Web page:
The voice of a besuited doctor with a plastic smile fills the room.
“Losing one kg lightens two on your back & four on your knees,” he assures.
I feel the need to stab my hands across the television & grab him by the neck.
But instead I turn to my mother & sigh,
“Guess how much weight gaining one kg of empathy lays on your heart.”
My mother is an emotional girl trapped inside the logical brain of an adult.
She tells me to stop thinking about the world. That one day the pain will consume & destroy me.
So I sit there wondering if that is how everybody copes:
By wearing blindfolds or narrowing their lens.
Maybe that’s the way to do it. To only focus on one thing at a time.
We were introduced when I was little, sadness & I.
She made a memorable impression.
I saw her in my mother’s eyes when she came home with bad news.
Sadness also has a distinct voice.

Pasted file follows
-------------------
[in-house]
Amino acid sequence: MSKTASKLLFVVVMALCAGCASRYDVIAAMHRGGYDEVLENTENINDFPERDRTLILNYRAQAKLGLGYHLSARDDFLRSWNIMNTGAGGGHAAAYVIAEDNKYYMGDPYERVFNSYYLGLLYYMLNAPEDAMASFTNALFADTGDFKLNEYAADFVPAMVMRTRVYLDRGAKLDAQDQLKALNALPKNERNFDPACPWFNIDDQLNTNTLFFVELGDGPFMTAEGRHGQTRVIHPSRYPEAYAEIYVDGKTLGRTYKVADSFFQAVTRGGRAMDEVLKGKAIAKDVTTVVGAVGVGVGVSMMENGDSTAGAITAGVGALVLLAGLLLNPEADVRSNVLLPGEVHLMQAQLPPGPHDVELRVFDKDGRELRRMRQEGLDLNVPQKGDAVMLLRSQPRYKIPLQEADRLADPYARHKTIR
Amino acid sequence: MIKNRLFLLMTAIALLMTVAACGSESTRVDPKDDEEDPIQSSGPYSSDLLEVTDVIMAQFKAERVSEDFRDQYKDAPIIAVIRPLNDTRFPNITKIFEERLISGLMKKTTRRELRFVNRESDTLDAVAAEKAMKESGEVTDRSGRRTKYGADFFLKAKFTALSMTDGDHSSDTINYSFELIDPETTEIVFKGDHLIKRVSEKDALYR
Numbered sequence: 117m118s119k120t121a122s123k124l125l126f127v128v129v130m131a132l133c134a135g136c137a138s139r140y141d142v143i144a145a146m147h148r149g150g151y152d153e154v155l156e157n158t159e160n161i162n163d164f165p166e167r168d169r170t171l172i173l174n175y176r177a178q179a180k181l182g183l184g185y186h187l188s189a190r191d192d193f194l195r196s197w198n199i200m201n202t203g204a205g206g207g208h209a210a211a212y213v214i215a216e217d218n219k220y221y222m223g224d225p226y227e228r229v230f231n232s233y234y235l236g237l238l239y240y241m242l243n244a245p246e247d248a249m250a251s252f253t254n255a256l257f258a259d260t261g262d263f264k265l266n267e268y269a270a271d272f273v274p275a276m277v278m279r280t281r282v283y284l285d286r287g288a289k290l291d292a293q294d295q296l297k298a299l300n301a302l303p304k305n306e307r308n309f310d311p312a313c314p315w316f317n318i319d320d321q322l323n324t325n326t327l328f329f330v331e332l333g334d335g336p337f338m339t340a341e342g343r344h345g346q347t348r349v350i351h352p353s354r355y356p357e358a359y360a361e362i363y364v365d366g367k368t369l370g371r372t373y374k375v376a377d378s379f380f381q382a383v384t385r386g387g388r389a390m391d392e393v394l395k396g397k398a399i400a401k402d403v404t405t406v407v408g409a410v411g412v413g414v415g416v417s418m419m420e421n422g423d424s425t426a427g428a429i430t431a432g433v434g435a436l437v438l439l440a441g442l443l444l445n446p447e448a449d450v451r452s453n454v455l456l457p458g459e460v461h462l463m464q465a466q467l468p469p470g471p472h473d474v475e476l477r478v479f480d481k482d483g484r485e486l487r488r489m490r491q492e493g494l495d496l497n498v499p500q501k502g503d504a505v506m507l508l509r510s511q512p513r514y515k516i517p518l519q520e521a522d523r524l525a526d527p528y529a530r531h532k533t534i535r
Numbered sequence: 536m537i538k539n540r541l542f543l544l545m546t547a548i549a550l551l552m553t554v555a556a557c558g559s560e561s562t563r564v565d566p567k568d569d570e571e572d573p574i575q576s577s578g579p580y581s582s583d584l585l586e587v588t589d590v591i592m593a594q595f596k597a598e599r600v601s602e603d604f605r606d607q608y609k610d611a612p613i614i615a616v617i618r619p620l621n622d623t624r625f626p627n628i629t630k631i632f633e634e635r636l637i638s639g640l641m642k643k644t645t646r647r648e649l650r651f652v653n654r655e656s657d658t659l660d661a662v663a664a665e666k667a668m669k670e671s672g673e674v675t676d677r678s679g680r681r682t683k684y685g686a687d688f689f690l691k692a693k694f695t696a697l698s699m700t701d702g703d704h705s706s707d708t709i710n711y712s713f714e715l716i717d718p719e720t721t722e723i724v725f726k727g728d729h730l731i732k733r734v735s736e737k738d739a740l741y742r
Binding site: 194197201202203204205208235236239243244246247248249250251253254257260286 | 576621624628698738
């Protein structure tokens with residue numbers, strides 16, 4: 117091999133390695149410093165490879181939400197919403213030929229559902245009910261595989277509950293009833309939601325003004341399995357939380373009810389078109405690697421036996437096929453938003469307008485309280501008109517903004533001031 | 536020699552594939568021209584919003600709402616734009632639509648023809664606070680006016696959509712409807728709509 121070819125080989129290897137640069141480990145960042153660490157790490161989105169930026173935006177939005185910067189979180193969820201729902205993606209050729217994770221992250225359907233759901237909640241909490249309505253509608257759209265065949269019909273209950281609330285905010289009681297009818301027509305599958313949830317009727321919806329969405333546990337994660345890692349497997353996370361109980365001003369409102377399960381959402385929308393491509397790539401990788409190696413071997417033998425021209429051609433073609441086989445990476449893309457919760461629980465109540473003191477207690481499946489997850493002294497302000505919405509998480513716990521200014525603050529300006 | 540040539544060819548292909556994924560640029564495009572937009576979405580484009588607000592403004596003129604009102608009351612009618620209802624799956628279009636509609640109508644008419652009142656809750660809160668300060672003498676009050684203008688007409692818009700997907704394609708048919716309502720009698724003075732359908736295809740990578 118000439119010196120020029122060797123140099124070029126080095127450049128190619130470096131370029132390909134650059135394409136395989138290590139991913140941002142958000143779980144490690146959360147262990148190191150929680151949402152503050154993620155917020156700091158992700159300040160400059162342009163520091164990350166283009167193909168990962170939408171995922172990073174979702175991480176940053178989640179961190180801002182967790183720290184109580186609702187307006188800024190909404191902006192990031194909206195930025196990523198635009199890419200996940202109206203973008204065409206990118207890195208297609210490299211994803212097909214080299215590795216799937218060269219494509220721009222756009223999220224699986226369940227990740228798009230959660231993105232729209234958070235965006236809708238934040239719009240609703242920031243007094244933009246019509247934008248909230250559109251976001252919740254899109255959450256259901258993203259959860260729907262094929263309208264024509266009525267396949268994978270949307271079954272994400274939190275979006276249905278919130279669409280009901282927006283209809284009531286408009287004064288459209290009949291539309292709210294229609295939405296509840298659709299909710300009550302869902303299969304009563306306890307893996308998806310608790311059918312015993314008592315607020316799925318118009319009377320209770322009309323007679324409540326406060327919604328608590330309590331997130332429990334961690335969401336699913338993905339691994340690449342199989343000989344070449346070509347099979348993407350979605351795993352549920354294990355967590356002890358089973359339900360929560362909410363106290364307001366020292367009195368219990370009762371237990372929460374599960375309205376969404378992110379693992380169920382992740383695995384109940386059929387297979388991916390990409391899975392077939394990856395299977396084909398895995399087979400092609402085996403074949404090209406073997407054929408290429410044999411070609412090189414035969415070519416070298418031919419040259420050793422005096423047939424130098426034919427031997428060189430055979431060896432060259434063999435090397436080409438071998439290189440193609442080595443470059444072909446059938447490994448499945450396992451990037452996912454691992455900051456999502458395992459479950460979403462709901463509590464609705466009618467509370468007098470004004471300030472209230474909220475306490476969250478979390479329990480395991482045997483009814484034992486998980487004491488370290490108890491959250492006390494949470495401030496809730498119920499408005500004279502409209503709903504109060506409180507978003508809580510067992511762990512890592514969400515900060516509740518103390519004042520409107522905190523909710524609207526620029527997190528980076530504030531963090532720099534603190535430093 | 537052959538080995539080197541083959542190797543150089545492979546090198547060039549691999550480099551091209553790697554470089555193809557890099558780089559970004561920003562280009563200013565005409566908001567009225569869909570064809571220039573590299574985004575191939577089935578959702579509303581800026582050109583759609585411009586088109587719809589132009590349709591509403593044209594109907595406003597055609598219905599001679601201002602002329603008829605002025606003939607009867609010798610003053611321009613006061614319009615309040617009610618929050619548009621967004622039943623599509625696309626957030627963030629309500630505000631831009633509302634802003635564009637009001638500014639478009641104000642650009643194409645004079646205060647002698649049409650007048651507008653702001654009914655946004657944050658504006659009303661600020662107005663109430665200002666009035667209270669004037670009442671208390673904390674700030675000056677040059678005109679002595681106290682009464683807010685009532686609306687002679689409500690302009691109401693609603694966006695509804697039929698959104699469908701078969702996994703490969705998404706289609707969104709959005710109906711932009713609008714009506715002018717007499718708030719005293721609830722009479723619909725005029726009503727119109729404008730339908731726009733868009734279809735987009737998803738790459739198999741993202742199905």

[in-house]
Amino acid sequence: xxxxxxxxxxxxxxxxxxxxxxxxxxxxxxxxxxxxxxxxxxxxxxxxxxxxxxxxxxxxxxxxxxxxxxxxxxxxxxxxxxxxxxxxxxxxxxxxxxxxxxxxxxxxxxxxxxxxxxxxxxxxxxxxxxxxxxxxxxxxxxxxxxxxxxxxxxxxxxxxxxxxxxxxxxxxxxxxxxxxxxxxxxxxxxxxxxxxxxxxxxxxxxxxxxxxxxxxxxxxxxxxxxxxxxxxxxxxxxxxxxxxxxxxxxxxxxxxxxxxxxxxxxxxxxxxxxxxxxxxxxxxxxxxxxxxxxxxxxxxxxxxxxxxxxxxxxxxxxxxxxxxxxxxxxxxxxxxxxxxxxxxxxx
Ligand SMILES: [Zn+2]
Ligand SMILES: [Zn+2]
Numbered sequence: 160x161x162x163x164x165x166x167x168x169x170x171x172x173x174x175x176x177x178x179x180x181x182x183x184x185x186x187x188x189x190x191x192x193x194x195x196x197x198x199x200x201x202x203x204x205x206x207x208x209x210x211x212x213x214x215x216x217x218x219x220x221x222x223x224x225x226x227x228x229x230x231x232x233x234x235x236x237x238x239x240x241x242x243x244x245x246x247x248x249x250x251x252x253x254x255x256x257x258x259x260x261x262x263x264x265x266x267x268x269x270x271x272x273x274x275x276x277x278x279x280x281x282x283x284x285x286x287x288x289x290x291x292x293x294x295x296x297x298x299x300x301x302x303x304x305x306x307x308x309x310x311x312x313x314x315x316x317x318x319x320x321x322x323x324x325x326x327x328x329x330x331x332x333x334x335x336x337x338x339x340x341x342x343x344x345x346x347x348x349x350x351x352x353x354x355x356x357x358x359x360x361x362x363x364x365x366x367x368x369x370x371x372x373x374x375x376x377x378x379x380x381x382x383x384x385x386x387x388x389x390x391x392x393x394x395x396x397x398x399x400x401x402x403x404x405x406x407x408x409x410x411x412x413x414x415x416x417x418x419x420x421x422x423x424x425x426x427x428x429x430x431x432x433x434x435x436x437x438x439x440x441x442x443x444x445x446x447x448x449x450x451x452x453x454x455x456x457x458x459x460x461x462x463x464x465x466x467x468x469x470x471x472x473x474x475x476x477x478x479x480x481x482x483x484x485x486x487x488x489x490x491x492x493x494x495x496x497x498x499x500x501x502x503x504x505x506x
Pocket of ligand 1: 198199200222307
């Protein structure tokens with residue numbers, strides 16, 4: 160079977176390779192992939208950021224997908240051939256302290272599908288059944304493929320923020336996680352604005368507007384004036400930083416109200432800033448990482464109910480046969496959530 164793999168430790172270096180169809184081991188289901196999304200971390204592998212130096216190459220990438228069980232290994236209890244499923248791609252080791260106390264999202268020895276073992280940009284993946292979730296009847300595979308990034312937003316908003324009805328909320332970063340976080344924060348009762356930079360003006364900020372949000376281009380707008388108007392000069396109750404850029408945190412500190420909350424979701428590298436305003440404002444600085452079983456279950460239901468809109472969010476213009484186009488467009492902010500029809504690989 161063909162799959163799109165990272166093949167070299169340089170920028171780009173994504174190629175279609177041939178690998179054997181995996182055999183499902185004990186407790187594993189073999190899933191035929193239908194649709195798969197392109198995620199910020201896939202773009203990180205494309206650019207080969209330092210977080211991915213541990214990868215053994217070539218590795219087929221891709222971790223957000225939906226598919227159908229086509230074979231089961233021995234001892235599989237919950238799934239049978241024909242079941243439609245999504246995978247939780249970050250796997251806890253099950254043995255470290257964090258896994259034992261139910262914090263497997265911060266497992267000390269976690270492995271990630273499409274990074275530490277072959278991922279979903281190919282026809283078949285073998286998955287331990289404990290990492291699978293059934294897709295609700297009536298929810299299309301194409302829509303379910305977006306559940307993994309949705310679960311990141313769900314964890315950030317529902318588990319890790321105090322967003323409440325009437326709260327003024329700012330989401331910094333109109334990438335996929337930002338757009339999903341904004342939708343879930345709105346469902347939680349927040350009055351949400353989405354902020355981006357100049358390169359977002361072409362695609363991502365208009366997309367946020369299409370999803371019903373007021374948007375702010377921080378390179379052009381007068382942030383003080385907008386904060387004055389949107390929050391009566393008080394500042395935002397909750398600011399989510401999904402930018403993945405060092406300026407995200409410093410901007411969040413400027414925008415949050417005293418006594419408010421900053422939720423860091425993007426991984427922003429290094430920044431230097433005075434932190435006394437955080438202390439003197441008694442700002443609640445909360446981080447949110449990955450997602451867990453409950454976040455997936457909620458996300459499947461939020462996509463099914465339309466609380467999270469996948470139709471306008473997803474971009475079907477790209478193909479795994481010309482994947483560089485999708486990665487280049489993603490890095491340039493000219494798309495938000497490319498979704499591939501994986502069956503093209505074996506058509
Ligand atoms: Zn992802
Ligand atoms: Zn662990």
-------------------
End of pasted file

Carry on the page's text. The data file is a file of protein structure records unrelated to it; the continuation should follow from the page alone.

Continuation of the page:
I overheard her in my sisters’ conversations when they gossiped over boys with their friends.
She felt like burnt skin, & I touched her on the tongues of people in school
who thought that stating the obvious could scar & hammer me into mediocrity.
These days, I debate my way through things. Just to prove a point.
Oftentimes, the principle matters more than the outcome.
I feel rage at the thought of the man who broke my sister’s heart.
Because she was always so cautious with it,
But when she loved him, he robbed more than love.
I feel rage over dishonesty & deceit & war & natural disasters
& rapists & serial killers & people who indulge in torture.
I feel rage on behalf of victims in calamities that are so much bigger than themselves
Like how can you manage to overcome an ordeal when you can’t even see the end point?
Most of the time, I stay quiet.
Because sometimes the best place to keep your anger is at the back of your throat.
But I still can’t wear that blindfold.
So I sit there and nod before adding to the doctor’s recommendation,
“Apple cider vinegar helps with weight loss.”